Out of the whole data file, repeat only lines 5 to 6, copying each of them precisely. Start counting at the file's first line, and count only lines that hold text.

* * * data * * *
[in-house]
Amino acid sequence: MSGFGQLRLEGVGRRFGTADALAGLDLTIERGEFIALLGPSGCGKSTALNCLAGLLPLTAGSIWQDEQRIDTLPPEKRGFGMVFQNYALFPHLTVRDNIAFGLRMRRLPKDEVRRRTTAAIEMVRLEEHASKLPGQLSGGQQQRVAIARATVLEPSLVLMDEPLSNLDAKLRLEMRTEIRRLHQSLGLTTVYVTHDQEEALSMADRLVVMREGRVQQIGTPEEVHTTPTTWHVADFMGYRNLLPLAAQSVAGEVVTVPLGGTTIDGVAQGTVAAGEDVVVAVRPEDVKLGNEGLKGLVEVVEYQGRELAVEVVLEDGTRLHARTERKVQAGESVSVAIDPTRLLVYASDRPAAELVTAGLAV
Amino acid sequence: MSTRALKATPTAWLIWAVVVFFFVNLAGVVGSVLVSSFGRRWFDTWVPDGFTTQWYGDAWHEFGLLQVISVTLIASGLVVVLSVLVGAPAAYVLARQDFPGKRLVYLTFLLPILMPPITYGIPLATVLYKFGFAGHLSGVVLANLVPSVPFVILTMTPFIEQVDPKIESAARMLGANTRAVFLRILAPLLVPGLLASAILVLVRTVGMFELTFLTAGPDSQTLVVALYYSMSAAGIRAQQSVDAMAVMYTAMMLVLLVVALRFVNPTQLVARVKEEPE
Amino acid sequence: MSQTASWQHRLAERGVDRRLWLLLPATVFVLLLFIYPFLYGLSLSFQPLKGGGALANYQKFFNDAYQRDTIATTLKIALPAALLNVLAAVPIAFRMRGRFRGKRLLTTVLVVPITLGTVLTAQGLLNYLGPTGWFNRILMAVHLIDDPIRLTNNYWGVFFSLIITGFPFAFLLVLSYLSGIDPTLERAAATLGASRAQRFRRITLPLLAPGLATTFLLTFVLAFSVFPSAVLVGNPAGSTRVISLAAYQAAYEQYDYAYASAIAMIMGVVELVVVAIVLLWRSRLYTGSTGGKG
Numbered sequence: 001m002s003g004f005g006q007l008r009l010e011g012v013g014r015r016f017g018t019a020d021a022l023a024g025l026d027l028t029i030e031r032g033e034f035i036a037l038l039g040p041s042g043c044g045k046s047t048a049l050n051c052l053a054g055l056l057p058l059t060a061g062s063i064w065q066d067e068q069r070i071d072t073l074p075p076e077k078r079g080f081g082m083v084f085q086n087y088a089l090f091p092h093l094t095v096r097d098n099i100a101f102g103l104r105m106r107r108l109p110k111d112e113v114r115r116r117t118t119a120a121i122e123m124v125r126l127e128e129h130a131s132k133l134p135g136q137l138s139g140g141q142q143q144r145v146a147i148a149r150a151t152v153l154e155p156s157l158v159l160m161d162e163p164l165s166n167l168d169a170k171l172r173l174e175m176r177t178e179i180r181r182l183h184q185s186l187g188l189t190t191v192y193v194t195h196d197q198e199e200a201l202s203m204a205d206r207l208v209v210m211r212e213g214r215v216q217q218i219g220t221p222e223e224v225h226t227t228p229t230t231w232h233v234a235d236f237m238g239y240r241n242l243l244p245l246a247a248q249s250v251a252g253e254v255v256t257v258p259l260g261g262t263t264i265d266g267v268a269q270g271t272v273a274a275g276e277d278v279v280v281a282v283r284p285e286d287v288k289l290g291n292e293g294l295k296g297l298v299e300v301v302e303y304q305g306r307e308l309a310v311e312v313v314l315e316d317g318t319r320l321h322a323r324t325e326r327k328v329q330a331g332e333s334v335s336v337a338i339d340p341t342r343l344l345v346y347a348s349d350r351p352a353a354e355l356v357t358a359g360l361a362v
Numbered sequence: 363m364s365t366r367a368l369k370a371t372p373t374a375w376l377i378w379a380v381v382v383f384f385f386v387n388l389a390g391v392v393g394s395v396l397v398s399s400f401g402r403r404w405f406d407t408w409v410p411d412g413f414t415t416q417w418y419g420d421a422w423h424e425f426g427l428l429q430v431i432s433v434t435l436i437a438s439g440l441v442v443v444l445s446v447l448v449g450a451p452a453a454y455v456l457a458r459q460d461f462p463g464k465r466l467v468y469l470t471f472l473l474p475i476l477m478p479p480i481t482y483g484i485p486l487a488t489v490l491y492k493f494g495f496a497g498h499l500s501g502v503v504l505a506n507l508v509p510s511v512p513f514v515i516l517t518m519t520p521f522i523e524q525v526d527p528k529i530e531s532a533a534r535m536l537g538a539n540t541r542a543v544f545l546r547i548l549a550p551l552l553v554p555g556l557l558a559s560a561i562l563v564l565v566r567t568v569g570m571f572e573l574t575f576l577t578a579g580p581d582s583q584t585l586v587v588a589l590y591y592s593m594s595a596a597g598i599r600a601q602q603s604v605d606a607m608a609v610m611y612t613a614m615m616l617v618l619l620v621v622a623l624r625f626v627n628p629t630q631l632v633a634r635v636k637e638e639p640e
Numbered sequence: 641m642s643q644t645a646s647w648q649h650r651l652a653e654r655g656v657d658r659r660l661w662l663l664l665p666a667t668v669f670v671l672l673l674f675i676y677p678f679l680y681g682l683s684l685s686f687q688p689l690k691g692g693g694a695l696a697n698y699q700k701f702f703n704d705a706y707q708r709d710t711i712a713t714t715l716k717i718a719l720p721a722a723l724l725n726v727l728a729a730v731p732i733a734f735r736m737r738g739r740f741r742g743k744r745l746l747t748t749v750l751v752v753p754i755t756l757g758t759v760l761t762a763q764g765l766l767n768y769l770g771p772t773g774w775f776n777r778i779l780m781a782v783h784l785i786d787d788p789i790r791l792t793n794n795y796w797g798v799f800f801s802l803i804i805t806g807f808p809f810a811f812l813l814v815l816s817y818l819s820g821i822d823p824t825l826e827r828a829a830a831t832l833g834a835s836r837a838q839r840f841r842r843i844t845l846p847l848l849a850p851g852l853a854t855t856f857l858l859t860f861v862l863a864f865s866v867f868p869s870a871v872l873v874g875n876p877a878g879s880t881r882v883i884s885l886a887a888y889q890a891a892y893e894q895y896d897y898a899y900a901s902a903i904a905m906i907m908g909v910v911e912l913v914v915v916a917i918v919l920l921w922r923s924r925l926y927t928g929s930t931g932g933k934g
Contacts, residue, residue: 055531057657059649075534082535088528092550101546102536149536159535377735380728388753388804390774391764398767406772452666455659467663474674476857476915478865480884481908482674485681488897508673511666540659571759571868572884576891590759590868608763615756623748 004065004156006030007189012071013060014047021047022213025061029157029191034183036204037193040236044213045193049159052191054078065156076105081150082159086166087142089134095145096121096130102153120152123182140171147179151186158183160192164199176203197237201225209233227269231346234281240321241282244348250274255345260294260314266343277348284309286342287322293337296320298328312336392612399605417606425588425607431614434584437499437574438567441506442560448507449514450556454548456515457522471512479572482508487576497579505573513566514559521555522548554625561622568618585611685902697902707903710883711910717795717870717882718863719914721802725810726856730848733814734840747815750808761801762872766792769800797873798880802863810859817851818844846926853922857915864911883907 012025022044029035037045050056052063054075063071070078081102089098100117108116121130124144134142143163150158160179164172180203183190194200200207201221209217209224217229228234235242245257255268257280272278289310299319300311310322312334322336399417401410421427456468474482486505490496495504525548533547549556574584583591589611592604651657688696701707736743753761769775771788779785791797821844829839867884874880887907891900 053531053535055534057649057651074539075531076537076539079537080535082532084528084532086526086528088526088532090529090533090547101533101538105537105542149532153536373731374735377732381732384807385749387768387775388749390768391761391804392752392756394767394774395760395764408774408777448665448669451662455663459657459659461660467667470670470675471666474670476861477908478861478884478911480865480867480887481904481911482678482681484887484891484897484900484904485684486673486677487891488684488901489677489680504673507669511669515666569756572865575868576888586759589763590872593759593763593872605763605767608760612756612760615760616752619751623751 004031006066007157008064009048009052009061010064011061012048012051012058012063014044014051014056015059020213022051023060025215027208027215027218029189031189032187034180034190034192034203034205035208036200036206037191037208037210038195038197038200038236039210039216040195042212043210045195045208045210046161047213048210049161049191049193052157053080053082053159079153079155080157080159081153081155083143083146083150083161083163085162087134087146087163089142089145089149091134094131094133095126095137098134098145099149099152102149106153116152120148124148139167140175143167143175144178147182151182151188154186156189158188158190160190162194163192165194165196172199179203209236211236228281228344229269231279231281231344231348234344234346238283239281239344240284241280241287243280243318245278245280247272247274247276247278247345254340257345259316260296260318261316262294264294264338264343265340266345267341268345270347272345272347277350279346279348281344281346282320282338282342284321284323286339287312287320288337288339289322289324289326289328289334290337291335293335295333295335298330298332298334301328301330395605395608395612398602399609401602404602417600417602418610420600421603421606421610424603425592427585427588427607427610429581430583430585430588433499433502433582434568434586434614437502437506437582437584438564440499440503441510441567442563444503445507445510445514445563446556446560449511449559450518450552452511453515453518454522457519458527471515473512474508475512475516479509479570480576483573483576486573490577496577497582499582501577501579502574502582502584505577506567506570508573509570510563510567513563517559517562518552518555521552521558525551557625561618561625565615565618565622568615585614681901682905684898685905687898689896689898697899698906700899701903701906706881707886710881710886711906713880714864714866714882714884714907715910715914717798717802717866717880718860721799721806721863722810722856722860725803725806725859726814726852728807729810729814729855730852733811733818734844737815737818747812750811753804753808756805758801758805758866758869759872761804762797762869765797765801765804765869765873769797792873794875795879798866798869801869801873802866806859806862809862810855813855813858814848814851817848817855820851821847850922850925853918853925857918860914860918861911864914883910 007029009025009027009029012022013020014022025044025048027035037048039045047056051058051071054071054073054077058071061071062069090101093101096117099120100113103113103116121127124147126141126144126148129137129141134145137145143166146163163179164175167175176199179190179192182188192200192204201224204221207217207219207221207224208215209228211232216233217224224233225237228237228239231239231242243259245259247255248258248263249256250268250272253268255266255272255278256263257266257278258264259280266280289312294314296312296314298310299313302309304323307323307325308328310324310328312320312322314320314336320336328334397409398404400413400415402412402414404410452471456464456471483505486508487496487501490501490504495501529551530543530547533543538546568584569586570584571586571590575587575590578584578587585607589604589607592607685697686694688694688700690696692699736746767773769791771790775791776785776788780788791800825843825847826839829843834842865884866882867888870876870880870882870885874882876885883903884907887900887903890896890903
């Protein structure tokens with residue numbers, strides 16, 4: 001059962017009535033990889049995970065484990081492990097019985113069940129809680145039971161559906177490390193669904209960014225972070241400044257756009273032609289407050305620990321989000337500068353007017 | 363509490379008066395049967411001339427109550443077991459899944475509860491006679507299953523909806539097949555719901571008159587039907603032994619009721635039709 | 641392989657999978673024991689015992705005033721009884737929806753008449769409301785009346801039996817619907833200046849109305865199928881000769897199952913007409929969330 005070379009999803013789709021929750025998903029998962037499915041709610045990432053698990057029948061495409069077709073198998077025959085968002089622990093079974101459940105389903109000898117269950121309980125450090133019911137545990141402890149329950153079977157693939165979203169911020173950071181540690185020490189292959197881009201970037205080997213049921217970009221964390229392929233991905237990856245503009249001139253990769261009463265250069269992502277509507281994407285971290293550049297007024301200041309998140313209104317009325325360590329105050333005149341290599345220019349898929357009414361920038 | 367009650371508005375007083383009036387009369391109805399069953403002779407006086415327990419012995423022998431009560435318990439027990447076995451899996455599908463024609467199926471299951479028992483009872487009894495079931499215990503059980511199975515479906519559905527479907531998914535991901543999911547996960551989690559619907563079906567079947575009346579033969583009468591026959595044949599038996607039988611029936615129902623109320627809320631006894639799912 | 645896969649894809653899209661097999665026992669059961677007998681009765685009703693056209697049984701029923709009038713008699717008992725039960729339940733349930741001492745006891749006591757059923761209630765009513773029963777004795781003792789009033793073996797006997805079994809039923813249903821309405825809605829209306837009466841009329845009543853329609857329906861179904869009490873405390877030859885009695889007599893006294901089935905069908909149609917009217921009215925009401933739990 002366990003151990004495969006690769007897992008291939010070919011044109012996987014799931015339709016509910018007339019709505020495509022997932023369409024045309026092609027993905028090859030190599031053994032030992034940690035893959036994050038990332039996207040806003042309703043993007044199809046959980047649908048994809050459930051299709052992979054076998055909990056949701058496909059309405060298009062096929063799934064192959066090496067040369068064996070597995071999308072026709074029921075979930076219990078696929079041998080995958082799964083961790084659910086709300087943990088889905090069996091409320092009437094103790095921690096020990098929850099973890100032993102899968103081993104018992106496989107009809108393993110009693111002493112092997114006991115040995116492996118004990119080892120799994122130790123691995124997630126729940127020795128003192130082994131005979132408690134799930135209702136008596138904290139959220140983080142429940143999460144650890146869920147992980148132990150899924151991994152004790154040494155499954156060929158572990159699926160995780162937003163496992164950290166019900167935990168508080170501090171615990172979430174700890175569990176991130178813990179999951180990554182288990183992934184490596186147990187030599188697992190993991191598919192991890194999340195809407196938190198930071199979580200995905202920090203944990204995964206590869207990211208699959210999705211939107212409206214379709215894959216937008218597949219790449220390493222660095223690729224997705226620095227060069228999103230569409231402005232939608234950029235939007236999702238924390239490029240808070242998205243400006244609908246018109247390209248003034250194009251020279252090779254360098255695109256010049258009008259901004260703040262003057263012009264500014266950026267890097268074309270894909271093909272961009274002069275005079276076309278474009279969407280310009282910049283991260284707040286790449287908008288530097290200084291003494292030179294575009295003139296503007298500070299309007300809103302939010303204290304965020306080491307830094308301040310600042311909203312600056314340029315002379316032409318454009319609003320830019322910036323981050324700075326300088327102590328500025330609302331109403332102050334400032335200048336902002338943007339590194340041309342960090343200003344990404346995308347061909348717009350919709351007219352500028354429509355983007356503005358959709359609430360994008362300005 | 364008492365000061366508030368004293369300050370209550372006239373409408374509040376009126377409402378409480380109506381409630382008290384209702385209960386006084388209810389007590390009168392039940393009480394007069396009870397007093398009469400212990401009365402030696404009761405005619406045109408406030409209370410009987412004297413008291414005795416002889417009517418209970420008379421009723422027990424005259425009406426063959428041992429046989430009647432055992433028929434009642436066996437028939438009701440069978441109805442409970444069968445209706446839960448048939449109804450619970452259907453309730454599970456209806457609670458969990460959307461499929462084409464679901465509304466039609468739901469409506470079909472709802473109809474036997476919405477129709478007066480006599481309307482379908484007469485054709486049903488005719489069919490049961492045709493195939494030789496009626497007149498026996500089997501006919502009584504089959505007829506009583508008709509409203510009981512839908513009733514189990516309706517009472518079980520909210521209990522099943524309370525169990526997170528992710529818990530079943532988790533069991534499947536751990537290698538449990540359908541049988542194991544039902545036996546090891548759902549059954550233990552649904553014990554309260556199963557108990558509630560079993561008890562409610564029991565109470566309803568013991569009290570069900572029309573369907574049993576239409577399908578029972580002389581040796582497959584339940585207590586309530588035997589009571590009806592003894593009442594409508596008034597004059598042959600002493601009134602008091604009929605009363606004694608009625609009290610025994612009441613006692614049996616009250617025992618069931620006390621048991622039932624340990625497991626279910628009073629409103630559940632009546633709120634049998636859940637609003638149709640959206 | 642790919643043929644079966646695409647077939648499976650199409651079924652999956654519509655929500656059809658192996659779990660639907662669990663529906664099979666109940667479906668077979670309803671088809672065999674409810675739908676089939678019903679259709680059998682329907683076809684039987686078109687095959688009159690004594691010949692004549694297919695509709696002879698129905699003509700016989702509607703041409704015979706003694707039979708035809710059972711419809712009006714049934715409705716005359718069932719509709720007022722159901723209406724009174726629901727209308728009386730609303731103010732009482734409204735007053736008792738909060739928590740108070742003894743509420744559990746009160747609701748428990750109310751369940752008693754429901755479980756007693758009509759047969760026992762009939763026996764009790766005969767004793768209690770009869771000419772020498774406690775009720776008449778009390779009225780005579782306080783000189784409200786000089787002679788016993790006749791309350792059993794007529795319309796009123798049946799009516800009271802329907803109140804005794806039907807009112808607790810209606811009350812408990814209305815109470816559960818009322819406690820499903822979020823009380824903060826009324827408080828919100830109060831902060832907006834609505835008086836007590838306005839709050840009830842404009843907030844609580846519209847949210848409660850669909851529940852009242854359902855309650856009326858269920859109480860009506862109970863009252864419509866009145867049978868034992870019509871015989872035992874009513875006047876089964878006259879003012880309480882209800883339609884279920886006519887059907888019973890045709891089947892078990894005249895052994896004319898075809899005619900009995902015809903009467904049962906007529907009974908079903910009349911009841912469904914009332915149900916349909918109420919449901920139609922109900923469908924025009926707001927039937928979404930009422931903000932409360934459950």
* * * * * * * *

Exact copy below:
Numbered sequence: 001m002s003g004f005g006q007l008r009l010e011g012v013g014r015r016f017g018t019a020d021a022l023a024g025l026d027l028t029i030e031r032g033e034f035i036a037l038l039g040p041s042g043c044g045k046s047t048a049l050n051c052l053a054g055l056l057p058l059t060a061g062s063i064w065q066d067e068q069r070i071d072t073l074p075p076e077k078r079g080f081g082m083v084f085q086n087y088a089l090f091p092h093l094t095v096r097d098n099i100a101f102g103l104r105m106r107r108l109p110k111d112e113v114r115r116r117t118t119a120a121i122e123m124v125r126l127e128e129h130a131s132k133l134p135g136q137l138s139g140g141q142q143q144r145v146a147i148a149r150a151t152v153l154e155p156s157l158v159l160m161d162e163p164l165s166n167l168d169a170k171l172r173l174e175m176r177t178e179i180r181r182l183h184q185s186l187g188l189t190t191v192y193v194t195h196d197q198e199e200a201l202s203m204a205d206r207l208v209v210m211r212e213g214r215v216q217q218i219g220t221p222e223e224v225h226t227t228p229t230t231w232h233v234a235d236f237m238g239y240r241n242l243l244p245l246a247a248q249s250v251a252g253e254v255v256t257v258p259l260g261g262t263t264i265d266g267v268a269q270g271t272v273a274a275g276e277d278v279v280v281a282v283r284p285e286d287v288k289l290g291n292e293g294l295k296g297l298v299e300v301v302e303y304q305g306r307e308l309a310v311e312v313v314l315e316d317g318t319r320l321h322a323r324t325e326r327k328v329q330a331g332e333s334v335s336v337a338i339d340p341t342r343l344l345v346y347a348s349d350r351p352a353a354e355l356v357t358a359g360l361a362v
Numbered sequence: 363m364s365t366r367a368l369k370a371t372p373t374a375w376l377i378w379a380v381v382v383f384f385f386v387n388l389a390g391v392v393g394s395v396l397v398s399s400f401g402r403r404w405f406d407t408w409v410p411d412g413f414t415t416q417w418y419g420d421a422w423h424e425f426g427l428l429q430v431i432s433v434t435l436i437a438s439g440l441v442v443v444l445s446v447l448v449g450a451p452a453a454y455v456l457a458r459q460d461f462p463g464k465r466l467v468y469l470t471f472l473l474p475i476l477m478p479p480i481t482y483g484i485p486l487a488t489v490l491y492k493f494g495f496a497g498h499l500s501g502v503v504l505a506n507l508v509p510s511v512p513f514v515i516l517t518m519t520p521f522i523e524q525v526d527p528k529i530e531s532a533a534r535m536l537g538a539n540t541r542a543v544f545l546r547i548l549a550p551l552l553v554p555g556l557l558a559s560a561i562l563v564l565v566r567t568v569g570m571f572e573l574t575f576l577t578a579g580p581d582s583q584t585l586v587v588a589l590y591y592s593m594s595a596a597g598i599r600a601q602q603s604v605d606a607m608a609v610m611y612t613a614m615m616l617v618l619l620v621v622a623l624r625f626v627n628p629t630q631l632v633a634r635v636k637e638e639p640e